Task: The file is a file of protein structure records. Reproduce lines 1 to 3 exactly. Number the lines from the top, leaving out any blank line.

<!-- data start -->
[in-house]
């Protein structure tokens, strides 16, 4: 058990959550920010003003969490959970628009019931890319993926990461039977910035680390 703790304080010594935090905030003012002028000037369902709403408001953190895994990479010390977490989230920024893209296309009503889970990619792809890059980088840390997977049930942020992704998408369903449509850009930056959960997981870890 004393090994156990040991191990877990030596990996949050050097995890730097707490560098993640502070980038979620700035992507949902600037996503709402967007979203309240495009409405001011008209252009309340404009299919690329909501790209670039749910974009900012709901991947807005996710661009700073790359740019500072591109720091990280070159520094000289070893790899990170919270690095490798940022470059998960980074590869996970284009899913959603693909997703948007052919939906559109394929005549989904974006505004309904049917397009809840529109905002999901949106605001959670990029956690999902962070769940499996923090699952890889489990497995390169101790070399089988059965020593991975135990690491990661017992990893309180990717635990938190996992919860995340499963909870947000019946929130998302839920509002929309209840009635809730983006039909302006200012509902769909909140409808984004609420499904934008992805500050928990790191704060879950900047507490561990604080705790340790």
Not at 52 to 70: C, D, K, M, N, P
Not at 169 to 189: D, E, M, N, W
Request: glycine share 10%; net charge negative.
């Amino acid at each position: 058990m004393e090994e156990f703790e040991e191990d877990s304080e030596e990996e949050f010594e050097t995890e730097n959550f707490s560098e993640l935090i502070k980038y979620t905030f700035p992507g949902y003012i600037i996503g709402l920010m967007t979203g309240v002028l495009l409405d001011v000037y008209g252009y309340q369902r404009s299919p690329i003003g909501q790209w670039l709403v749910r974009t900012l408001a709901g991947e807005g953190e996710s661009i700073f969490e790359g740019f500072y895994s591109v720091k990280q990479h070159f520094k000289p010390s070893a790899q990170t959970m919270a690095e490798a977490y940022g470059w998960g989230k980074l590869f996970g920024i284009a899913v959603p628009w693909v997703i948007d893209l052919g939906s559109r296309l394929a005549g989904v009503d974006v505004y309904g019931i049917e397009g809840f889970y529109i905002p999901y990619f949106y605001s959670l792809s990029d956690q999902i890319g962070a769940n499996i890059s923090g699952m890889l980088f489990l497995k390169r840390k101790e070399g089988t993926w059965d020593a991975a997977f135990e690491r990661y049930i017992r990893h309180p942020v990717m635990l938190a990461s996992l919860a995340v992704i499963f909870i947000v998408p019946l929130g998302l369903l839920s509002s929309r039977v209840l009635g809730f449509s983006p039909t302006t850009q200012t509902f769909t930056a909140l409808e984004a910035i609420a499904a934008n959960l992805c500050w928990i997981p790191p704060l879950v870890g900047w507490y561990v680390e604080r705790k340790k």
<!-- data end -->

[in-house]
């Protein structure tokens, strides 16, 4: 058990959550920010003003969490959970628009019931890319993926990461039977910035680390 703790304080010594935090905030003012002028000037369902709403408001953190895994990479010390977490989230920024893209296309009503889970990619792809890059980088840390997977049930942020992704998408369903449509850009930056959960997981870890 004393090994156990040991191990877990030596990996949050050097995890730097707490560098993640502070980038979620700035992507949902600037996503709402967007979203309240495009409405001011008209252009309340404009299919690329909501790209670039749910974009900012709901991947807005996710661009700073790359740019500072591109720091990280070159520094000289070893790899990170919270690095490798940022470059998960980074590869996970284009899913959603693909997703948007052919939906559109394929005549989904974006505004309904049917397009809840529109905002999901949106605001959670990029956690999902962070769940499996923090699952890889489990497995390169101790070399089988059965020593991975135990690491990661017992990893309180990717635990938190996992919860995340499963909870947000019946929130998302839920509002929309209840009635809730983006039909302006200012509902769909909140409808984004609420499904934008992805500050928990790191704060879950900047507490561990604080705790340790």
Not at 52 to 70: C, D, K, M, N, P